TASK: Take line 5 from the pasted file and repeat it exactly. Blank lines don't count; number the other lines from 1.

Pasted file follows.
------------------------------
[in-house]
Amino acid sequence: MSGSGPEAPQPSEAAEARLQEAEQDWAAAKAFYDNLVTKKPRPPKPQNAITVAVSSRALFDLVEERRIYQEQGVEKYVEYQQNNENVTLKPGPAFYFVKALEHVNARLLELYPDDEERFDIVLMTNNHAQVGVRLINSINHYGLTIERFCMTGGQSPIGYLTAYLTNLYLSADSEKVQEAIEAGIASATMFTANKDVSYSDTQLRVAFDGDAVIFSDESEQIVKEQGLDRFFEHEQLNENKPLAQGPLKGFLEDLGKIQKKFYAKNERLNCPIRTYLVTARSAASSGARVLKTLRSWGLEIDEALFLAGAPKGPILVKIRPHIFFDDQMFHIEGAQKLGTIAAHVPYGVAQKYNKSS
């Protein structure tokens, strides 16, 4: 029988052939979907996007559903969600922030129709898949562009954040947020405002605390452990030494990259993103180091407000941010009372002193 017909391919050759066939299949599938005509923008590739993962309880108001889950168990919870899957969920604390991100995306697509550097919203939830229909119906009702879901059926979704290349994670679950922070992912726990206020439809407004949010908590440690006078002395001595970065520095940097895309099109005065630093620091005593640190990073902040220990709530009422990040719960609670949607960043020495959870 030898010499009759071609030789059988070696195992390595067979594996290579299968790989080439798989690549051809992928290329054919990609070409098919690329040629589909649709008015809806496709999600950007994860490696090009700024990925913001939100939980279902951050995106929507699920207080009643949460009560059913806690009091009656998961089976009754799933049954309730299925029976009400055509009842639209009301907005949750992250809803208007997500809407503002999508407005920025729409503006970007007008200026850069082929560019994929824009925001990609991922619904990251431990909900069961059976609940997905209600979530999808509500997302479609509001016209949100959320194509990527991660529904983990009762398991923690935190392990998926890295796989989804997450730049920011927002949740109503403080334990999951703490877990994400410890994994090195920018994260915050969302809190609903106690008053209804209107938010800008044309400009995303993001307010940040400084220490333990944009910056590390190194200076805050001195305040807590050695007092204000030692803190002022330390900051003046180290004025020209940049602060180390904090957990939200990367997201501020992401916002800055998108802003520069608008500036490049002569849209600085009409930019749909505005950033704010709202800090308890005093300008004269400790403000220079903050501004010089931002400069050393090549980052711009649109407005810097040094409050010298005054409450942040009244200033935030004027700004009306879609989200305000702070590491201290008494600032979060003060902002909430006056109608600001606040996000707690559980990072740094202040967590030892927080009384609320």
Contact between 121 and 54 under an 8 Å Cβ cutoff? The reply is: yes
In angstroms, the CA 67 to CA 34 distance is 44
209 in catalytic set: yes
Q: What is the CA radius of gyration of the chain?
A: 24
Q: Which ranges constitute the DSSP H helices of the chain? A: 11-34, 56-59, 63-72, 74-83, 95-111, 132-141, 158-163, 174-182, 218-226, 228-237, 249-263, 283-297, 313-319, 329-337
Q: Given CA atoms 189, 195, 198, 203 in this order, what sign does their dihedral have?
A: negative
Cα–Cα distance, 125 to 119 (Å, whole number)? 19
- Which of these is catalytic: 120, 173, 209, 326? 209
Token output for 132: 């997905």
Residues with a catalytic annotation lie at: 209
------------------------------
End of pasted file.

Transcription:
In angstroms, the CA 67 to CA 34 distance is 44